Reforms to the Competition Act are needed that explicitly require the Competition Bureau to consider workers and labour markets when reviewing mergers and acquisitions. Lawmakers should also consider making new, labour-specific provisions that are analogous to the abuse of dominance laws we have today. In the same way that business should be prohibited from abusing their dominance to the detriment of consumers, they should also not be allowed to abuse their dominance to suppress wages and undermine employment opportunities.

Because competition law creators and enforcers have historically ignored labour markets, they have also overlooked certain public and private sector policies and practices that undermine competition in these markets. Some with a more libertarian bent may point to the minimum wage, employment equity laws, laws permitting unionization, and other policies that create more equity and fairness as “anticompetitive”. However, what they overlook is the role of discrimination and systemic barriers in undermining competition in labour markets.

As part of PPF’s project All in: Pathways to Economic and Financial Inclusion in Canada, I and my colleagues are unpacking systemic barriers – policies, practices or procedures that prevent some individuals from fully participating in the economy and financial systems. These barriers are a core cause of economic and financial exclusion, creating substantial, negative consequences for the Canadian economy. The people often most disadvantaged by these barriers include women, racialized people, youth, people who identify as LGBTQ2S+, Indigenous persons and people with disabilities.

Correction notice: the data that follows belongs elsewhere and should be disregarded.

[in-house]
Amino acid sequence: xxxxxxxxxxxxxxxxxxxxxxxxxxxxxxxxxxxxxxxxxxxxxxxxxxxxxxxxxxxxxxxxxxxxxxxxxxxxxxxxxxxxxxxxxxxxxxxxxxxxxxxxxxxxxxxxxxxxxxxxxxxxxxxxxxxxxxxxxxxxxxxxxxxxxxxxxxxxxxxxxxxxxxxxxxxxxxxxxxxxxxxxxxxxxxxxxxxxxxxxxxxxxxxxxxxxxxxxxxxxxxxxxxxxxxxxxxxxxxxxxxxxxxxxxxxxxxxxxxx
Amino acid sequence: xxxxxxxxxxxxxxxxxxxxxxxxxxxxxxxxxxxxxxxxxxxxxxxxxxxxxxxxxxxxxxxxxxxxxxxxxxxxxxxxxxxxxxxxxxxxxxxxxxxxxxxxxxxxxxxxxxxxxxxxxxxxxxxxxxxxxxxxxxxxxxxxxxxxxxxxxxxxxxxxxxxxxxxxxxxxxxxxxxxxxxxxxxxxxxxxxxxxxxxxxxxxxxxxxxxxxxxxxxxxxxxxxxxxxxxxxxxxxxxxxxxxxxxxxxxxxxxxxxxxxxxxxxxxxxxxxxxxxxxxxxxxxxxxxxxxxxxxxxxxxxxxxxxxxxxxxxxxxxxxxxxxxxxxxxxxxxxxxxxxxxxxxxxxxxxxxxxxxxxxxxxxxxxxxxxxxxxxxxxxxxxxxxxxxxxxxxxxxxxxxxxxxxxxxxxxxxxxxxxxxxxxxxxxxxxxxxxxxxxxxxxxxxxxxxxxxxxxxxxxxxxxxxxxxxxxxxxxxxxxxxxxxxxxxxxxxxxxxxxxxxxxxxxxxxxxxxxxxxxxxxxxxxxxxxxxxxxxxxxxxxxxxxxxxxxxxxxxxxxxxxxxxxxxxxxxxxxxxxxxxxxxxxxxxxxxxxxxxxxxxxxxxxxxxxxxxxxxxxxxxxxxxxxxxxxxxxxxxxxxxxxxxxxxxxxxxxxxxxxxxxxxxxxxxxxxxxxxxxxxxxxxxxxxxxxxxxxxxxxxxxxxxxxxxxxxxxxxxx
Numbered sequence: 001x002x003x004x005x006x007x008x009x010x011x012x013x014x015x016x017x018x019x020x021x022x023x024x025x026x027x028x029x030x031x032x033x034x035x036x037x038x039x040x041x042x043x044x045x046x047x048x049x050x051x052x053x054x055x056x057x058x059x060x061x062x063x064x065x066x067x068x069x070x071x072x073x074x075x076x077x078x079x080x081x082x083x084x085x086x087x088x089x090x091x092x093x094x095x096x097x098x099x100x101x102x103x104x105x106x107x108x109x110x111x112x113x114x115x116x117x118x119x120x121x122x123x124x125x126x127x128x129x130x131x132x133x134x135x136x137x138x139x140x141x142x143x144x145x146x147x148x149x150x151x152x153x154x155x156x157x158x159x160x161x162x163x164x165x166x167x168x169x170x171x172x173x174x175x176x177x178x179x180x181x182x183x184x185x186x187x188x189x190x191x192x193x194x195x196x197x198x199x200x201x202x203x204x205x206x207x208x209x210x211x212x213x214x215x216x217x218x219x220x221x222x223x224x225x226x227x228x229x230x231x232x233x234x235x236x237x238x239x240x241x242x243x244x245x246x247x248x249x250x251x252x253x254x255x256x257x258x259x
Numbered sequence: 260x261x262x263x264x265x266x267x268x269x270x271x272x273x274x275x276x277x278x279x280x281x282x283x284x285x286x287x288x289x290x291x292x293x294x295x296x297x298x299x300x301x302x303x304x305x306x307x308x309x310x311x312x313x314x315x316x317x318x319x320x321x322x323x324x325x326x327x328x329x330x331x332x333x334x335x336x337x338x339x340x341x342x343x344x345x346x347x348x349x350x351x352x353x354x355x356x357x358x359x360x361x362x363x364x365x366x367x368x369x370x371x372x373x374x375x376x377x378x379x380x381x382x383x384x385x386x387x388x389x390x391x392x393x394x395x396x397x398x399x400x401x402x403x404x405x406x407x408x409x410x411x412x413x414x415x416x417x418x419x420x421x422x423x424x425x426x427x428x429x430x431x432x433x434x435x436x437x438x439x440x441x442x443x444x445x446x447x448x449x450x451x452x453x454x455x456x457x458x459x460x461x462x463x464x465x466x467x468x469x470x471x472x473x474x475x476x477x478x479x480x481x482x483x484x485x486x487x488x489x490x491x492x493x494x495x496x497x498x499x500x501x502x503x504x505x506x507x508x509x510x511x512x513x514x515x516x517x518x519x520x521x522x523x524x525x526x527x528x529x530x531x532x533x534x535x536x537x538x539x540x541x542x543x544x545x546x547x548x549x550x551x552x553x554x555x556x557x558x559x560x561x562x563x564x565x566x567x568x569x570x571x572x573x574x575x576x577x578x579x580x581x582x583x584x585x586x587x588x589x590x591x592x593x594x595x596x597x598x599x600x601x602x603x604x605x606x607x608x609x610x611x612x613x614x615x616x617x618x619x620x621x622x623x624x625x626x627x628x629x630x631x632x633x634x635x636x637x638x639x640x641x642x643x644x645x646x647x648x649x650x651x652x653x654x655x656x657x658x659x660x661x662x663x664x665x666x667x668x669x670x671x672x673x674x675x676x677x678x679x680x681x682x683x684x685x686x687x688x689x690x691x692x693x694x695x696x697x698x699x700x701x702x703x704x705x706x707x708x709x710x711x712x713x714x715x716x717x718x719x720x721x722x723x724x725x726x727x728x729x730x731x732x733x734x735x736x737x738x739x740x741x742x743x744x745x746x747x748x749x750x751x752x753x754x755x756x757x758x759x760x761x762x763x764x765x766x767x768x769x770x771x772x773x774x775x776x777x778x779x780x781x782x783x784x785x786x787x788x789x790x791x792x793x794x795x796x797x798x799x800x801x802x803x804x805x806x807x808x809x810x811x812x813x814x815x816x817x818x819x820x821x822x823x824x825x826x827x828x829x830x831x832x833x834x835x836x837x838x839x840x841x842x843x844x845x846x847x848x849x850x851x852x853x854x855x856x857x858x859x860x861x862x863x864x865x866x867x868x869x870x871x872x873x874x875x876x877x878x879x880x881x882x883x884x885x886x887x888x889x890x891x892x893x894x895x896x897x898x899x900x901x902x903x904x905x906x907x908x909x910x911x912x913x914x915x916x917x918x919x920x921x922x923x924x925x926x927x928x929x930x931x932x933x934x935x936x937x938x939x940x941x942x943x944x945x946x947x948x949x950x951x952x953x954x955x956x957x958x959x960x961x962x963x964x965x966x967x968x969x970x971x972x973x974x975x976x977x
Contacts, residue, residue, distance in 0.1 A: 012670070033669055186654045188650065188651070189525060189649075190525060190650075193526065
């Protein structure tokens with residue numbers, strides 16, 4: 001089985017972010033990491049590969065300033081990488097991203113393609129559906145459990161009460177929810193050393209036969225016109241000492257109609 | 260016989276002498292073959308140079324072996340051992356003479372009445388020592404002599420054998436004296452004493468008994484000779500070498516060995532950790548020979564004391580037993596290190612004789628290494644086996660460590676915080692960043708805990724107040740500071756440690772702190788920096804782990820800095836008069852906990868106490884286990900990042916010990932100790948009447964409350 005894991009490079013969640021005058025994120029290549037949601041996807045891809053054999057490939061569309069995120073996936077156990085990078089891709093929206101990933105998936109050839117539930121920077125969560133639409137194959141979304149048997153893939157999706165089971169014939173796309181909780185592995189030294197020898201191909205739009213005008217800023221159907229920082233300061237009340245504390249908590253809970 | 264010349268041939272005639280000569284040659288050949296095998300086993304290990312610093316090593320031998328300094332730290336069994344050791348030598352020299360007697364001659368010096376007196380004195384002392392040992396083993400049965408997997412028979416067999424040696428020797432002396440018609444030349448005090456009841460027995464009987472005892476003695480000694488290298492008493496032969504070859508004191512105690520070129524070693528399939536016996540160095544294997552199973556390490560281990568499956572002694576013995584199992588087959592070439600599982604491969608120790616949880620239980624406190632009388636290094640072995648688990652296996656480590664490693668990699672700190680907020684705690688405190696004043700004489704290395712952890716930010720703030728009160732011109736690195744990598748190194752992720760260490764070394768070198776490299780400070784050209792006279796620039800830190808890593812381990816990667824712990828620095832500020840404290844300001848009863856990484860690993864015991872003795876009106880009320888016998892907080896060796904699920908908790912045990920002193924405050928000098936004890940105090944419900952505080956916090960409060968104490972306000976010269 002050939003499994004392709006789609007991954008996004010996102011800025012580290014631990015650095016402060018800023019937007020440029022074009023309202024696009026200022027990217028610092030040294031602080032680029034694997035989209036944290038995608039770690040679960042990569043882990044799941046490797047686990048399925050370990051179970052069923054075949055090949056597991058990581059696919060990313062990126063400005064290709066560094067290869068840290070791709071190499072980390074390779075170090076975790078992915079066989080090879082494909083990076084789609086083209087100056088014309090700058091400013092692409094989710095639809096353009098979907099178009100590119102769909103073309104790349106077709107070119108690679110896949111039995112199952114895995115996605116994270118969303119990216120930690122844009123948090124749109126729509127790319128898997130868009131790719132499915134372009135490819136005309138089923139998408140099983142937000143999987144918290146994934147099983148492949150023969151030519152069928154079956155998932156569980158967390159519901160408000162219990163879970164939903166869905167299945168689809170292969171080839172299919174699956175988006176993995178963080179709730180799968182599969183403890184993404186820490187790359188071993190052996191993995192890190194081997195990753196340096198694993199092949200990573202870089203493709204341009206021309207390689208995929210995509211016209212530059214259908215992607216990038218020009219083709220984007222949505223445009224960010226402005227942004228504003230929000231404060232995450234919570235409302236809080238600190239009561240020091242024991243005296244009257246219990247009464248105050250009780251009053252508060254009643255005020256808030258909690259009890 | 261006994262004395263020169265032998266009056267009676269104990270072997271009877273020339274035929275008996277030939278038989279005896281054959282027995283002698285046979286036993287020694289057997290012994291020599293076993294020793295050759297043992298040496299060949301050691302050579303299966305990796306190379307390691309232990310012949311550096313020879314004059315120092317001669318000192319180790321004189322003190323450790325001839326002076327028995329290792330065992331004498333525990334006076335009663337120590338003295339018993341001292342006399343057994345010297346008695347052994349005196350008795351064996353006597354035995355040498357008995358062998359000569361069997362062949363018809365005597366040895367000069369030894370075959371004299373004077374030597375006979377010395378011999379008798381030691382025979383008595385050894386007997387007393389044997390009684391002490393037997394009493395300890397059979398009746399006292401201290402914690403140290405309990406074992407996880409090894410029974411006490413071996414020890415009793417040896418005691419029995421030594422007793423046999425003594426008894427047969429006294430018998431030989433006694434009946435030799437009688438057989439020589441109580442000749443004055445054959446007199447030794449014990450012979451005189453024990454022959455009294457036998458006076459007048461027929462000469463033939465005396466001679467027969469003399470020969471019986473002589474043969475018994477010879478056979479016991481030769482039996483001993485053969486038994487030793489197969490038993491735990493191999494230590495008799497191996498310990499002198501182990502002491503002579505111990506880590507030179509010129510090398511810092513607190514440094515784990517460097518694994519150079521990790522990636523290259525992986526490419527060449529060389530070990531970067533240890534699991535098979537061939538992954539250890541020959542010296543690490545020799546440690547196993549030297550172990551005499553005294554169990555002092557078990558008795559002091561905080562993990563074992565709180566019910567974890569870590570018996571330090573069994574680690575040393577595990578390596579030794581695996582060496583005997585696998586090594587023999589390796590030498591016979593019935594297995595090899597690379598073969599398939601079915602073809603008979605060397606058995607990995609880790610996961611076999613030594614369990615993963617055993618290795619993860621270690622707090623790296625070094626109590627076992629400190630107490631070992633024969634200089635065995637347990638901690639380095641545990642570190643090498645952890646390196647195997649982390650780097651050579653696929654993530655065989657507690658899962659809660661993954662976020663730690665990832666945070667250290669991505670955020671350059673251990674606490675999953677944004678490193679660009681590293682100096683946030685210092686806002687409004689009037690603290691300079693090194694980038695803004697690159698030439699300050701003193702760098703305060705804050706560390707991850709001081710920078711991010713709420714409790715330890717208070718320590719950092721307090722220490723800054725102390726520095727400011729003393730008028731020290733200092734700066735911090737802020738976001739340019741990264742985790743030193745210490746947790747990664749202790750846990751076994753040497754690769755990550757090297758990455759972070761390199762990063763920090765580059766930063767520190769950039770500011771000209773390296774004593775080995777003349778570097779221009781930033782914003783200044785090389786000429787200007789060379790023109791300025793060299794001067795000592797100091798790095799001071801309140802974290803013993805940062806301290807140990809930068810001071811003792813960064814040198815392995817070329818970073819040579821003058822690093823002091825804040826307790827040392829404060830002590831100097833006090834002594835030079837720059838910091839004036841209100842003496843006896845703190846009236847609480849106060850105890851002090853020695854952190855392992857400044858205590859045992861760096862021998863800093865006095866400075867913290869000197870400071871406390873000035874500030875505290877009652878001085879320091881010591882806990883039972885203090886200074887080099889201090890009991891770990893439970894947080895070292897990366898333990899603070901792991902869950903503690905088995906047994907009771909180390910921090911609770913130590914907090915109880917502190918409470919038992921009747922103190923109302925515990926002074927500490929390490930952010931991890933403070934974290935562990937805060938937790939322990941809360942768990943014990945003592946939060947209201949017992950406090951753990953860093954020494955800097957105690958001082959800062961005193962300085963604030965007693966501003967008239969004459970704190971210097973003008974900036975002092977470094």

Systemic barriers and discrimination drive inefficiency in labour markets by preventing the most qualified people from taking on roles that make best use of their talents. When used to deny workers from accessing opportunities, systemic barriers and discrimination could be thought of as anticompetitive practices that ice strong workers out of workplaces where they could otherwise provide a competitive spark within workplaces and elevate the performance of teams. Theoretical work has also suggested that employers may use discrimination as a strategy for suppressing wages, exerting their anticompetitive dominance across an entire labour market.

Internationally, the Competition Bureau has been a leader in the space of competition and equity, supporting the development of the OECD Gender Inclusive Competition Toolkit with international partners. These initiatives are important, but without seriously considering labour markets and the role of discrimination and systemic barriers in them, efforts to promote economic inclusion through competition law can only go so far.

To create a more inclusive economy, we need to go deeper and examine labour market structures and employer practices that hold people back from realizing their full potential. Doing this will allow people to achieve their full potential, find economic and financial inclusion, and enhance the collective prosperity of Canada.